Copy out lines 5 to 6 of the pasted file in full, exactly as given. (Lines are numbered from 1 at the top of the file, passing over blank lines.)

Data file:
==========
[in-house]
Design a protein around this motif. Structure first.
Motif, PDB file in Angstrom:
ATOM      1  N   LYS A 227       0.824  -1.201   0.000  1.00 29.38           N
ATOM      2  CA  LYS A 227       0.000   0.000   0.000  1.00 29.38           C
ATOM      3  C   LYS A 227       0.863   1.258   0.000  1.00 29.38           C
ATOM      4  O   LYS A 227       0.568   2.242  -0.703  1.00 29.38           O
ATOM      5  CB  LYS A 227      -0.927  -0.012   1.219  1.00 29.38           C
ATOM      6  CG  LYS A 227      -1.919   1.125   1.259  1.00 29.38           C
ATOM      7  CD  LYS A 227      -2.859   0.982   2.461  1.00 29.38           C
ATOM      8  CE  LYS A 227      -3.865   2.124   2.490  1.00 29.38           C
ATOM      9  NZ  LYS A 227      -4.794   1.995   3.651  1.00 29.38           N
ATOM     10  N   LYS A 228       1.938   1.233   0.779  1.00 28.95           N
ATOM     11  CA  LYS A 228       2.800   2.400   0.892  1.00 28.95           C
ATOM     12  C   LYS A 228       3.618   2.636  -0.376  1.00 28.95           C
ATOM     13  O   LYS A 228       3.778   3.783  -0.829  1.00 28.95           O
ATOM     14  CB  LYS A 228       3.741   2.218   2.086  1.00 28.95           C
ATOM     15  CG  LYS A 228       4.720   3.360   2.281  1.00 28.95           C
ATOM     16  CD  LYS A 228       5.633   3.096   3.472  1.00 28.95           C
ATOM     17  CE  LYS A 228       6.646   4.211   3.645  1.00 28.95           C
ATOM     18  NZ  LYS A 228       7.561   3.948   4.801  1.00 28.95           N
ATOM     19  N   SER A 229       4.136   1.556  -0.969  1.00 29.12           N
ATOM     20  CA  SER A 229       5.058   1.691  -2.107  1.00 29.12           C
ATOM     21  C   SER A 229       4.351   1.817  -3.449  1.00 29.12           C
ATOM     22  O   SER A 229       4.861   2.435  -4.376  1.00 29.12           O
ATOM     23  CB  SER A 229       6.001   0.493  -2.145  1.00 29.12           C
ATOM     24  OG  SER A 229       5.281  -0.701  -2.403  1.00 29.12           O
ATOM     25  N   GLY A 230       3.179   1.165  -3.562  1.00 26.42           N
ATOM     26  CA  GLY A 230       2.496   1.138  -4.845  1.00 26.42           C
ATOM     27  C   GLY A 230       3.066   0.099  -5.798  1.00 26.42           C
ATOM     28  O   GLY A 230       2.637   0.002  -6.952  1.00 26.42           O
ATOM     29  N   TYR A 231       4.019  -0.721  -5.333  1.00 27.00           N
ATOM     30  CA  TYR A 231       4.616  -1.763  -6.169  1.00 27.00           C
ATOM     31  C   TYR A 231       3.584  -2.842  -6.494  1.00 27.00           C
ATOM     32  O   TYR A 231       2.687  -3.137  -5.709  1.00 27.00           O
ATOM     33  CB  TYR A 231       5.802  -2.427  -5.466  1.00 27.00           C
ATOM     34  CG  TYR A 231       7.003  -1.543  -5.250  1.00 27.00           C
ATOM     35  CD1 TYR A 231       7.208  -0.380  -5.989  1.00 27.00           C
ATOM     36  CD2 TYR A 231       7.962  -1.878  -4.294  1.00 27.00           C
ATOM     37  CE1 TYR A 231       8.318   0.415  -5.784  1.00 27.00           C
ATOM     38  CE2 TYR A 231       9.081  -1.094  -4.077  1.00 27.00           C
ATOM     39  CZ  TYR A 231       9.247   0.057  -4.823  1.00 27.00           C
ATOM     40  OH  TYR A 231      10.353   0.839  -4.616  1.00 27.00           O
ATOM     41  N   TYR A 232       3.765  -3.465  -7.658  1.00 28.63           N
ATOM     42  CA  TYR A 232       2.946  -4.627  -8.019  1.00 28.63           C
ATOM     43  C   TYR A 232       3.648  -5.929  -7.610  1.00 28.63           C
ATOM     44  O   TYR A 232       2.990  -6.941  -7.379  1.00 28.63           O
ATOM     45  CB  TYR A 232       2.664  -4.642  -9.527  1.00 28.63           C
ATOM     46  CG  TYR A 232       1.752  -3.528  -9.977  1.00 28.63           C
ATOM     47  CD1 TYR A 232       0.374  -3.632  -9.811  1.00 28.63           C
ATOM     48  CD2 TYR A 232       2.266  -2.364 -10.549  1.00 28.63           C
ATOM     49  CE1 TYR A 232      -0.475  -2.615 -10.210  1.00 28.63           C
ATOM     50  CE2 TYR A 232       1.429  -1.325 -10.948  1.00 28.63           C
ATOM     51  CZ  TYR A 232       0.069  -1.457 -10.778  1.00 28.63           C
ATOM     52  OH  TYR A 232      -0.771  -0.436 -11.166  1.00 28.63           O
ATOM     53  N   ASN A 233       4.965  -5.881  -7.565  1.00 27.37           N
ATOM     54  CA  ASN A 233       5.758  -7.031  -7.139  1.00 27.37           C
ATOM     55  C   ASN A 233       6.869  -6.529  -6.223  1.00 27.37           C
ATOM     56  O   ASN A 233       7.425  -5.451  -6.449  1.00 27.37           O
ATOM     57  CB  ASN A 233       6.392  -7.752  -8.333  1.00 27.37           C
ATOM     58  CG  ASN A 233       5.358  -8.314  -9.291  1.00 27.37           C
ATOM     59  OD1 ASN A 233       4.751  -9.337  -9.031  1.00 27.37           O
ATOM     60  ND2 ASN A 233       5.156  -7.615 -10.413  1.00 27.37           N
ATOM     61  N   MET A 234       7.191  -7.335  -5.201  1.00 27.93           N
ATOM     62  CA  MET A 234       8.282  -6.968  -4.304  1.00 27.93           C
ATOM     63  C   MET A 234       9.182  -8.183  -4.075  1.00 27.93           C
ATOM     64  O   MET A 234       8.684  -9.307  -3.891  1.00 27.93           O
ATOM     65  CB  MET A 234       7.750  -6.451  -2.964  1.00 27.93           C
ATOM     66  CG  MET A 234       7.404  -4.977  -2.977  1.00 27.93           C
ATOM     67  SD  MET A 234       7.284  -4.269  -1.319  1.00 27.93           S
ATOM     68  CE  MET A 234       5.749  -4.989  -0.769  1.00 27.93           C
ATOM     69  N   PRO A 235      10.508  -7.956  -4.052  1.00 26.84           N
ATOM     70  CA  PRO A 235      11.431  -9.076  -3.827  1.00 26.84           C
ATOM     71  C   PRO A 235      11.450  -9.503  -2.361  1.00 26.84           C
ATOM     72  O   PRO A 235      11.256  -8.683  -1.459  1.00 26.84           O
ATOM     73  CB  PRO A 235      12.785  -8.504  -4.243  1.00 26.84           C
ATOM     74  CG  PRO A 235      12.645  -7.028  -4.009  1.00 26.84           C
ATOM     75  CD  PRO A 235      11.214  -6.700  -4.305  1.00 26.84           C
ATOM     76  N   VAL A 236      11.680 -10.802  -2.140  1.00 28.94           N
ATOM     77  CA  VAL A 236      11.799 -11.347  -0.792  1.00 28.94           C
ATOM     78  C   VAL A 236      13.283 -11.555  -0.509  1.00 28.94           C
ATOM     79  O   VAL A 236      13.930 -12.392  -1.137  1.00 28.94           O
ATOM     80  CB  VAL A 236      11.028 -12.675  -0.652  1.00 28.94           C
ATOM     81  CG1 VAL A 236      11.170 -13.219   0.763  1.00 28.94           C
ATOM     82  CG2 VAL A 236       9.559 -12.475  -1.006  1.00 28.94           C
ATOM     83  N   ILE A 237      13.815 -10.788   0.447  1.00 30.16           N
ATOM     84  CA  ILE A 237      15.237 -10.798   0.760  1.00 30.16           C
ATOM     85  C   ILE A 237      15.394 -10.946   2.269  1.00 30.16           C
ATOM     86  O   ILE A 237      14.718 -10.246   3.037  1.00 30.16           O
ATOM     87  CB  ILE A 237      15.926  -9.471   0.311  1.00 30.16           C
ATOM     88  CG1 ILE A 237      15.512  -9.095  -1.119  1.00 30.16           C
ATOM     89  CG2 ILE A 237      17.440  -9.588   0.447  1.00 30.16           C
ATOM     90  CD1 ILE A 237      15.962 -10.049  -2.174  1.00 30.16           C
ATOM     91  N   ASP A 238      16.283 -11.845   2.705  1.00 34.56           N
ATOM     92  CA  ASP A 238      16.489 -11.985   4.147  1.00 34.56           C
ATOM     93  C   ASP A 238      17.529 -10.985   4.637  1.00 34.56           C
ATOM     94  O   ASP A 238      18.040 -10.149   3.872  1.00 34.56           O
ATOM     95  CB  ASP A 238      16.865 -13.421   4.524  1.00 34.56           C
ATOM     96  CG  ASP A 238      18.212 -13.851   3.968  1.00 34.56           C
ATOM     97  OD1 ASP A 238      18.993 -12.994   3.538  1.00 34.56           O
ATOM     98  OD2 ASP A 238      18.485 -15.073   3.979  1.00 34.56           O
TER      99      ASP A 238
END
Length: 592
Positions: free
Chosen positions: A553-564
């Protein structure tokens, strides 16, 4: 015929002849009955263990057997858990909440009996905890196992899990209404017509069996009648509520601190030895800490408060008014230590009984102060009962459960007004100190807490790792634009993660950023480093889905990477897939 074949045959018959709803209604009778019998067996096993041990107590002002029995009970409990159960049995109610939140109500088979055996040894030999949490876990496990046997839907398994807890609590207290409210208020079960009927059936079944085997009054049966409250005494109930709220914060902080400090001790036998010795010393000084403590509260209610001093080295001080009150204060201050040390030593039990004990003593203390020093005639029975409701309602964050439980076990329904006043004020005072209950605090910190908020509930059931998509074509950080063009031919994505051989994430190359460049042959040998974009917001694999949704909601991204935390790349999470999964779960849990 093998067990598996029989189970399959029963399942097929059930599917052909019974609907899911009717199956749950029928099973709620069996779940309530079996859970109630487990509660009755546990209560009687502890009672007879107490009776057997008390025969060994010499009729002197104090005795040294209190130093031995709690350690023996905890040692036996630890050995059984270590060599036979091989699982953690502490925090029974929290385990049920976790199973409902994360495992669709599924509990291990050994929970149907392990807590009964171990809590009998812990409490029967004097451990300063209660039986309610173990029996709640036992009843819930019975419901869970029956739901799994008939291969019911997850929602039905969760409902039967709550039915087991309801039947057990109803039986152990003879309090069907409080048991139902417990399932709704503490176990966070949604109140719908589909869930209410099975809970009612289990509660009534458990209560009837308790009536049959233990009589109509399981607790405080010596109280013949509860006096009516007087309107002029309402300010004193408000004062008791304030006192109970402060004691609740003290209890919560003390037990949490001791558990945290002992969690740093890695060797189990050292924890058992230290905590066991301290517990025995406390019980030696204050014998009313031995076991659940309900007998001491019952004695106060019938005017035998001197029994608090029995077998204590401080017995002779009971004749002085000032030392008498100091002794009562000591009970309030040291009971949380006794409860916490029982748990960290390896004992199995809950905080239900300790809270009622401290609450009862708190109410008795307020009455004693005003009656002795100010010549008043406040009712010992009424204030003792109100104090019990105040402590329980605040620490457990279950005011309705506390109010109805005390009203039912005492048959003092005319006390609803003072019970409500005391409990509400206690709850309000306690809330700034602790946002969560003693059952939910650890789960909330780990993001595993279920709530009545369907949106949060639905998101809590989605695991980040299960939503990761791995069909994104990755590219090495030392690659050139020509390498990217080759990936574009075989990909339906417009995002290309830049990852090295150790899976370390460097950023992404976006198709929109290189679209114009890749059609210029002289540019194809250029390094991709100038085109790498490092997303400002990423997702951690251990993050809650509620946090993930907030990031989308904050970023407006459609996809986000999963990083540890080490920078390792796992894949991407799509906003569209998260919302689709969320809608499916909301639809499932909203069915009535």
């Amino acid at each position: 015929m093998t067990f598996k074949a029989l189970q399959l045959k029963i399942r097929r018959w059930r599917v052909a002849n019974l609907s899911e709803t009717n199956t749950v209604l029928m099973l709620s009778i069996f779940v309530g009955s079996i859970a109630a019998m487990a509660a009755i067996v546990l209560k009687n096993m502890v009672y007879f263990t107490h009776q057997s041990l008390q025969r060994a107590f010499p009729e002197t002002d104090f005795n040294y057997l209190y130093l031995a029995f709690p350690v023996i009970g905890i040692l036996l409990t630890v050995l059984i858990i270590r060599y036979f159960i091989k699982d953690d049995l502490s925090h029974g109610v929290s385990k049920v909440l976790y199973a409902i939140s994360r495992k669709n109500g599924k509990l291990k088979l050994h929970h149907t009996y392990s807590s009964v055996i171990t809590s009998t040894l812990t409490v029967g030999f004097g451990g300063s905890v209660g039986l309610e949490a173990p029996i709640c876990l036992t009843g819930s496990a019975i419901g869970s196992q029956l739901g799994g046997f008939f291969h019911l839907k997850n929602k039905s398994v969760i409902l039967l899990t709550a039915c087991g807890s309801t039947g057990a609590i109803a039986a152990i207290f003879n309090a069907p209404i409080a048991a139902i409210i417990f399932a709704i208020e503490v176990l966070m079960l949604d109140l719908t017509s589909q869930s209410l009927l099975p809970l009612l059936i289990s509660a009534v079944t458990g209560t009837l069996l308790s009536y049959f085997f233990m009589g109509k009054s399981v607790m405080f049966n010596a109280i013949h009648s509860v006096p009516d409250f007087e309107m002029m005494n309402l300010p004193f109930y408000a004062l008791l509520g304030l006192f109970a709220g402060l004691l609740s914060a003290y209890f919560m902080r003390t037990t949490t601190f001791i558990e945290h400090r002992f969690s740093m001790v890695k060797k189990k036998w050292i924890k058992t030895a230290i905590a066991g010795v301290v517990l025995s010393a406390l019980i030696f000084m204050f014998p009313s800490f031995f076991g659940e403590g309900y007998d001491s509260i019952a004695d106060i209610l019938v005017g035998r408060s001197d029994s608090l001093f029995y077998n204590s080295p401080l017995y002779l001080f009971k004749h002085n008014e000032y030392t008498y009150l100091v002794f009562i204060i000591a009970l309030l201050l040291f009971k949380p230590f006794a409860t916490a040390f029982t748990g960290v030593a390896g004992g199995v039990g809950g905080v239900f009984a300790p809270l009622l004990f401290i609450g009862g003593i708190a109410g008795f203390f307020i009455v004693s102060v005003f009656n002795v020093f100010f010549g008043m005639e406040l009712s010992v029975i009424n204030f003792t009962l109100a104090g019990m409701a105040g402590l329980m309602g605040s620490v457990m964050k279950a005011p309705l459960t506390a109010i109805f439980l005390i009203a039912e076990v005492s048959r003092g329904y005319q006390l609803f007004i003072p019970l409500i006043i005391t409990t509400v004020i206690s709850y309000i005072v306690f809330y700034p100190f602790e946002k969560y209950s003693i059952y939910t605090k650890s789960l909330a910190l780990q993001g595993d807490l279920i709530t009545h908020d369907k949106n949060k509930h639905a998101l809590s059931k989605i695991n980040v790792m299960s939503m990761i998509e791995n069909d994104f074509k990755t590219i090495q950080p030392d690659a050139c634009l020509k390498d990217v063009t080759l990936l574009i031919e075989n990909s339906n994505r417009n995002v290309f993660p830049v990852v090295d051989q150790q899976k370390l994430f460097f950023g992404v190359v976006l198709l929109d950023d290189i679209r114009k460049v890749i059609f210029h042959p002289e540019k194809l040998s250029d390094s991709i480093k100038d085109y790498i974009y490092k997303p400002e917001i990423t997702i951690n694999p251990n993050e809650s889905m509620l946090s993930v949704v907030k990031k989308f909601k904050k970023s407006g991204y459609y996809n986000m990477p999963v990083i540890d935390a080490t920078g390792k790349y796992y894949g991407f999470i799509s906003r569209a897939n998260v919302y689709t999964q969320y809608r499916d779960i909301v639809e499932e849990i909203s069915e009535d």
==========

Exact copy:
ATOM      2  CA  LYS A 227       0.000   0.000   0.000  1.00 29.38           C
ATOM      3  C   LYS A 227       0.863   1.258   0.000  1.00 29.38           C